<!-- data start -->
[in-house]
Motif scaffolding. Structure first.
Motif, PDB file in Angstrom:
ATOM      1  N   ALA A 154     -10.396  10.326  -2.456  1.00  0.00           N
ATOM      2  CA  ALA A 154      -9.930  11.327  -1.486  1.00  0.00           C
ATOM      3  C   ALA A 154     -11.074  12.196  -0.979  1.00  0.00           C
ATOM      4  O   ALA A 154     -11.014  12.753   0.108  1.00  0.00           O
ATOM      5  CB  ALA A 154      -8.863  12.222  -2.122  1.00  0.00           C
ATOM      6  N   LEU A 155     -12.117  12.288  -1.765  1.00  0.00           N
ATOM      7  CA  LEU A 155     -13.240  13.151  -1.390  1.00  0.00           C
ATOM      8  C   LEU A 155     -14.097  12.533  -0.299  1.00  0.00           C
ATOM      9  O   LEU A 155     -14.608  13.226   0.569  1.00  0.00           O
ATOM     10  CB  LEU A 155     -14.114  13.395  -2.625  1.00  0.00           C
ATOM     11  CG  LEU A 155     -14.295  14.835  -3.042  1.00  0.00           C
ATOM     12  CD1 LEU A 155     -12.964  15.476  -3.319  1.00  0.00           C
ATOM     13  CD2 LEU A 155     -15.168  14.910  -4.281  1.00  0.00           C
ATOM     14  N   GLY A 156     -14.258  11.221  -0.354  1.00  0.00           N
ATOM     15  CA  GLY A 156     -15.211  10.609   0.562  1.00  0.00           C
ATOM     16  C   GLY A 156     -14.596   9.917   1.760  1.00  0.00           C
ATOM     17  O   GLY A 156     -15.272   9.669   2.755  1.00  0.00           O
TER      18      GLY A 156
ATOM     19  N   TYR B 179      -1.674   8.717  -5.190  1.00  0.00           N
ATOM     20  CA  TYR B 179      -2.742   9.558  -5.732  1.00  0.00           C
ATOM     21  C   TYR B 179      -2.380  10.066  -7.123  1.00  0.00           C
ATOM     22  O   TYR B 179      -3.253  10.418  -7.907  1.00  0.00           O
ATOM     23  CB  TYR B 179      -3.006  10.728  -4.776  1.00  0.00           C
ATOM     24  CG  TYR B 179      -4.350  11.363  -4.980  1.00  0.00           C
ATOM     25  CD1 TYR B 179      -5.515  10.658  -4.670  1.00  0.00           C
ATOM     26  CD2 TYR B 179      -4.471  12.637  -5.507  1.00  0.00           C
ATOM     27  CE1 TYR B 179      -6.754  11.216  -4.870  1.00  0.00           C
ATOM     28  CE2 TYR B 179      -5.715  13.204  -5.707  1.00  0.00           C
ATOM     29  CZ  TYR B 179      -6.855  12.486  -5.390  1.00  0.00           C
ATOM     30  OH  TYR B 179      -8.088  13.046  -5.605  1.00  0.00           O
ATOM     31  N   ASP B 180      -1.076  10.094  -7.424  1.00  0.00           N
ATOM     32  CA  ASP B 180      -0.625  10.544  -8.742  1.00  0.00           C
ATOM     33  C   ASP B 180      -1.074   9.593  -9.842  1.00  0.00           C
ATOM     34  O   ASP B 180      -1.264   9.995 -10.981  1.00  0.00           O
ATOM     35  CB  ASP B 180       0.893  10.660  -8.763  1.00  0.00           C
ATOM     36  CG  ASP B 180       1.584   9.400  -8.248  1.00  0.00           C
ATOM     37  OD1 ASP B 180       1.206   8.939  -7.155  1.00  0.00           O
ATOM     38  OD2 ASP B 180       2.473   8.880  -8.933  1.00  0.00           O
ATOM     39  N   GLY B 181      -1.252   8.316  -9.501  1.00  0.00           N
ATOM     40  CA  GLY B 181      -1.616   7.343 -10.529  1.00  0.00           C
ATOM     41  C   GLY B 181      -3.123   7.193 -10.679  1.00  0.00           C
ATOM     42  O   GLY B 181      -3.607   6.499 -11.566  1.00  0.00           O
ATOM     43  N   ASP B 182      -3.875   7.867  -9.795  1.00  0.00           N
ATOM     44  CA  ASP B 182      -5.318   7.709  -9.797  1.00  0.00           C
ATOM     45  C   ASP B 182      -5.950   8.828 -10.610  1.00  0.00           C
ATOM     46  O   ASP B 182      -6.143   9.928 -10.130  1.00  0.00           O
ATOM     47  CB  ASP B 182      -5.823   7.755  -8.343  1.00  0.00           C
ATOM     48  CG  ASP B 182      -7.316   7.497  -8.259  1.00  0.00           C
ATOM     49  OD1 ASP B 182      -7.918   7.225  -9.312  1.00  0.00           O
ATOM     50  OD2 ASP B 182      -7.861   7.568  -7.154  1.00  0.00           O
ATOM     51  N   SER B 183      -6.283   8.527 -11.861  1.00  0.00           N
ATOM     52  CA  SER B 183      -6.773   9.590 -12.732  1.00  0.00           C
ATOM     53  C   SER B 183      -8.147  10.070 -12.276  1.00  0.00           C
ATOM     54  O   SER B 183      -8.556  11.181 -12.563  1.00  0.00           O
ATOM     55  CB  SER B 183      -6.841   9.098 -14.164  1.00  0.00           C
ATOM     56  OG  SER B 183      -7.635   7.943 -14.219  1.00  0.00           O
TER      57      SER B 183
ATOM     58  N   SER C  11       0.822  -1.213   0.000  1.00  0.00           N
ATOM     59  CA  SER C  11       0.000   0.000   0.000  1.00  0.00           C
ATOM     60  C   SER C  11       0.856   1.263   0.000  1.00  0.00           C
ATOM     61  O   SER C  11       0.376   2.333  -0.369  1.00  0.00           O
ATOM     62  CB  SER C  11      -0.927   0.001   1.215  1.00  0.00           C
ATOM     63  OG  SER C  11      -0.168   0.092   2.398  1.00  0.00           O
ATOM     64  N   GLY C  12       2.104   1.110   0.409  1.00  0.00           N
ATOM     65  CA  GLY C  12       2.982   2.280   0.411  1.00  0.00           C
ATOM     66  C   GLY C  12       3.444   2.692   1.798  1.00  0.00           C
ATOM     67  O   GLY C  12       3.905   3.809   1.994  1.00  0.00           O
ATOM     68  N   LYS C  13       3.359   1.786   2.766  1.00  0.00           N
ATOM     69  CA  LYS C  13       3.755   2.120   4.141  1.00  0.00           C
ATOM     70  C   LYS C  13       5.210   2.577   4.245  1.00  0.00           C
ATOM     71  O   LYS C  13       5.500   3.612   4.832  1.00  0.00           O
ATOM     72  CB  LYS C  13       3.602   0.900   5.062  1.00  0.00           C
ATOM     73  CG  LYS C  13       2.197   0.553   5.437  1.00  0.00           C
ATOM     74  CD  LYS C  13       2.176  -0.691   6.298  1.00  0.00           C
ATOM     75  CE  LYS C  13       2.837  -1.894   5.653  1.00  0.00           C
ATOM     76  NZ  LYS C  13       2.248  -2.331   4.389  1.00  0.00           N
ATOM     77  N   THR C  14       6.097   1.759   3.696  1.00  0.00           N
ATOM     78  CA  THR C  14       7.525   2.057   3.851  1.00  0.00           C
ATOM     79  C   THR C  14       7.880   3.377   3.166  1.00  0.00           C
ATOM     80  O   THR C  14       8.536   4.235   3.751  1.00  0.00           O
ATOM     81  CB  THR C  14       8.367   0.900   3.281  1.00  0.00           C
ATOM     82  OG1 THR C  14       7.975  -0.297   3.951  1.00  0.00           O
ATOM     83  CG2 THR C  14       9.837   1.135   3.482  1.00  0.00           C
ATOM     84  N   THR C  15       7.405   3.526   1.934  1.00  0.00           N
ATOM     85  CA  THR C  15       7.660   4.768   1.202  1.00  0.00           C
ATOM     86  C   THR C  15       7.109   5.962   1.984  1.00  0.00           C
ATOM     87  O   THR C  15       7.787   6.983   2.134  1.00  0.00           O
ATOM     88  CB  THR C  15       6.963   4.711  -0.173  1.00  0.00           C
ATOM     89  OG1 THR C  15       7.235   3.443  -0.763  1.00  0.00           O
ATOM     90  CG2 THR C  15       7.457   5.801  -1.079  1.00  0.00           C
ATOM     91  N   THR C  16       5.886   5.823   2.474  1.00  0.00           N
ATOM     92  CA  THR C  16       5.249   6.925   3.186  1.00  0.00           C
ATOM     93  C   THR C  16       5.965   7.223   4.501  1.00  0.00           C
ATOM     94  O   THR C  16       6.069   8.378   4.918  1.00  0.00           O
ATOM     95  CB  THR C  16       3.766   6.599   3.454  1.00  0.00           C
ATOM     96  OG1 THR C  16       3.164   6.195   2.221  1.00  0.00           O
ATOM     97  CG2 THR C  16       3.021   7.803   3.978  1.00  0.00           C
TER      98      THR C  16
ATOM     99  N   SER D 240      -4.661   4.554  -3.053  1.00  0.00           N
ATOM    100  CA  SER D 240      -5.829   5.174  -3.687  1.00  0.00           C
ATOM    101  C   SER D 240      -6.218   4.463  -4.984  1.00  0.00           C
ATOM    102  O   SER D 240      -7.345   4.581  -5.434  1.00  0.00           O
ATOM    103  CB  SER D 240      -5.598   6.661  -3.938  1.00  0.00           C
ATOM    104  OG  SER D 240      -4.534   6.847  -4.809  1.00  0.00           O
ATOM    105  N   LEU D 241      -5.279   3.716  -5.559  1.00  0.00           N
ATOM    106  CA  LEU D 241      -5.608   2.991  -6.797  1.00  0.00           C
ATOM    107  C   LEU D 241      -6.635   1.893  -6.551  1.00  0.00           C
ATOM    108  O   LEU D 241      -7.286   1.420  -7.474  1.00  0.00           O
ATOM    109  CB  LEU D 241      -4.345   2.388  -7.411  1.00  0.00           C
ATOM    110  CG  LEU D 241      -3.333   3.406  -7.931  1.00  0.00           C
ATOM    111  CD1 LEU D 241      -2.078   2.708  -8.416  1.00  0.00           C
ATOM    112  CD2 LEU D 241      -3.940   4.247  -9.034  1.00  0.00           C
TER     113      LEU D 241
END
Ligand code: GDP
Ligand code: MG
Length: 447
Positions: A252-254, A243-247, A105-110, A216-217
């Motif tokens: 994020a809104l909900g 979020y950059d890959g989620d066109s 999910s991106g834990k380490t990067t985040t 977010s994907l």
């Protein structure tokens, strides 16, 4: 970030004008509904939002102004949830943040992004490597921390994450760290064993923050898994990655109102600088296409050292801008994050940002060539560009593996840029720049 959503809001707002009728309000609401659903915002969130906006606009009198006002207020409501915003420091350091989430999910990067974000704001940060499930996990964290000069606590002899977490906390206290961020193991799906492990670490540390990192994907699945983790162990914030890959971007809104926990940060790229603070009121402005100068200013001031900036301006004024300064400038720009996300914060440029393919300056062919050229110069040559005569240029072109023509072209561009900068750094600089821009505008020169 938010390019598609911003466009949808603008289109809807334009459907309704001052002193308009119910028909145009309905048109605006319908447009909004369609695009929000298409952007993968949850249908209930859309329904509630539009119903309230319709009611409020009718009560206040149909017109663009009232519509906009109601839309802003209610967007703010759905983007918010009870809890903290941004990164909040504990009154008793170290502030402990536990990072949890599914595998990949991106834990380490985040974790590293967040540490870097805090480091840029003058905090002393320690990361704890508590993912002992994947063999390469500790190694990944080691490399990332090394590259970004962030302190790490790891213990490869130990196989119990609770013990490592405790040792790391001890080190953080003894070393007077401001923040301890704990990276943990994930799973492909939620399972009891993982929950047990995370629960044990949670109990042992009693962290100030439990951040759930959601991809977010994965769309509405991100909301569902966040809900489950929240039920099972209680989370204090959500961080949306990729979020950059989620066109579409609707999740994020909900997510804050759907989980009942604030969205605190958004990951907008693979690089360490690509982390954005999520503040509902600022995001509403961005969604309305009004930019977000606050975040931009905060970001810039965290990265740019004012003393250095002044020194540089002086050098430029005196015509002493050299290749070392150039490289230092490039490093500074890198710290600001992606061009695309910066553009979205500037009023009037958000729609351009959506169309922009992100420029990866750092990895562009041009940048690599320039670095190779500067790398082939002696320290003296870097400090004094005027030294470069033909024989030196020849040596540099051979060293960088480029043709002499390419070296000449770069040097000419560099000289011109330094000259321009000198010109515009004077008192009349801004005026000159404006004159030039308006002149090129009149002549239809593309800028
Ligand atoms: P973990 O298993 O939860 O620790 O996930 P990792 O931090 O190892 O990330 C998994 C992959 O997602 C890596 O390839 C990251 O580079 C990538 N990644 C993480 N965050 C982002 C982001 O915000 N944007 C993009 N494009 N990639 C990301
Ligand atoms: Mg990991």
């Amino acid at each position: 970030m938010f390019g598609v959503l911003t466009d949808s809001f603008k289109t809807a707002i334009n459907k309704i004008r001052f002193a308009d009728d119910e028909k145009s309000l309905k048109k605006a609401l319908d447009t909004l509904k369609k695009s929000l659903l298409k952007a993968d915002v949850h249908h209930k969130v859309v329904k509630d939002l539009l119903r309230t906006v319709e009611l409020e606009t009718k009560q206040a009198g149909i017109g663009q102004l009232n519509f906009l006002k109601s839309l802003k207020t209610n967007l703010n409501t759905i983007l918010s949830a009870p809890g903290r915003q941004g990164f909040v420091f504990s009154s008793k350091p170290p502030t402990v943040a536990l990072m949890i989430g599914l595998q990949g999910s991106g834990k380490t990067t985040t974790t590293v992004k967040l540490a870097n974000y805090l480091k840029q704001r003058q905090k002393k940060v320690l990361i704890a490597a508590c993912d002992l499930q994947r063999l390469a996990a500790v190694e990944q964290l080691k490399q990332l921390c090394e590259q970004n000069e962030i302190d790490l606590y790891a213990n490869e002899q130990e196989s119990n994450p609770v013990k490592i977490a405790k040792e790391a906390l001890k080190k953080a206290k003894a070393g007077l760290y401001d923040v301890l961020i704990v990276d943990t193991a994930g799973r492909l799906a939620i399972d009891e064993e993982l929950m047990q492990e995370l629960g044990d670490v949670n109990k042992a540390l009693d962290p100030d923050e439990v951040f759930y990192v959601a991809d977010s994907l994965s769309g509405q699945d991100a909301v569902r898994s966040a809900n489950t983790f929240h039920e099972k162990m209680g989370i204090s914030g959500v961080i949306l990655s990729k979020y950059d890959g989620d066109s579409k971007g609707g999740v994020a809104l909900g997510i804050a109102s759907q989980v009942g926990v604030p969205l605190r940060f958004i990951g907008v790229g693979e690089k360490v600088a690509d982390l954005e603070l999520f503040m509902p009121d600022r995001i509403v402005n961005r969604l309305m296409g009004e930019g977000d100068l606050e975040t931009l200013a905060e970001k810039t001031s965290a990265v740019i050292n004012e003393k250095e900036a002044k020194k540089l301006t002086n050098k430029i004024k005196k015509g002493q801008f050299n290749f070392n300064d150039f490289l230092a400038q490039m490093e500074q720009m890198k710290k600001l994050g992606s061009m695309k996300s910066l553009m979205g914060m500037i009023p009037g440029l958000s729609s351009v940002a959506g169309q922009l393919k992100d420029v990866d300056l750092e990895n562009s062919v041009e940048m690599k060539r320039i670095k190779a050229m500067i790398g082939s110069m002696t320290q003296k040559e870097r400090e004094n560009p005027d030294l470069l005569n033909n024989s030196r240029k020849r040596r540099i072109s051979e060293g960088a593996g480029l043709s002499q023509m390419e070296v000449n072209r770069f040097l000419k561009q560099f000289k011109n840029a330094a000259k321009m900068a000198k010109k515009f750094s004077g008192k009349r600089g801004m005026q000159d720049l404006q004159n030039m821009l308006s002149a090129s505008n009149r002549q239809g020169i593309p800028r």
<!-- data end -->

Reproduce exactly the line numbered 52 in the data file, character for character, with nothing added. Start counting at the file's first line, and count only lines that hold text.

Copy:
ATOM     49  OD1 ASP B 182      -7.918   7.225  -9.312  1.00  0.00           O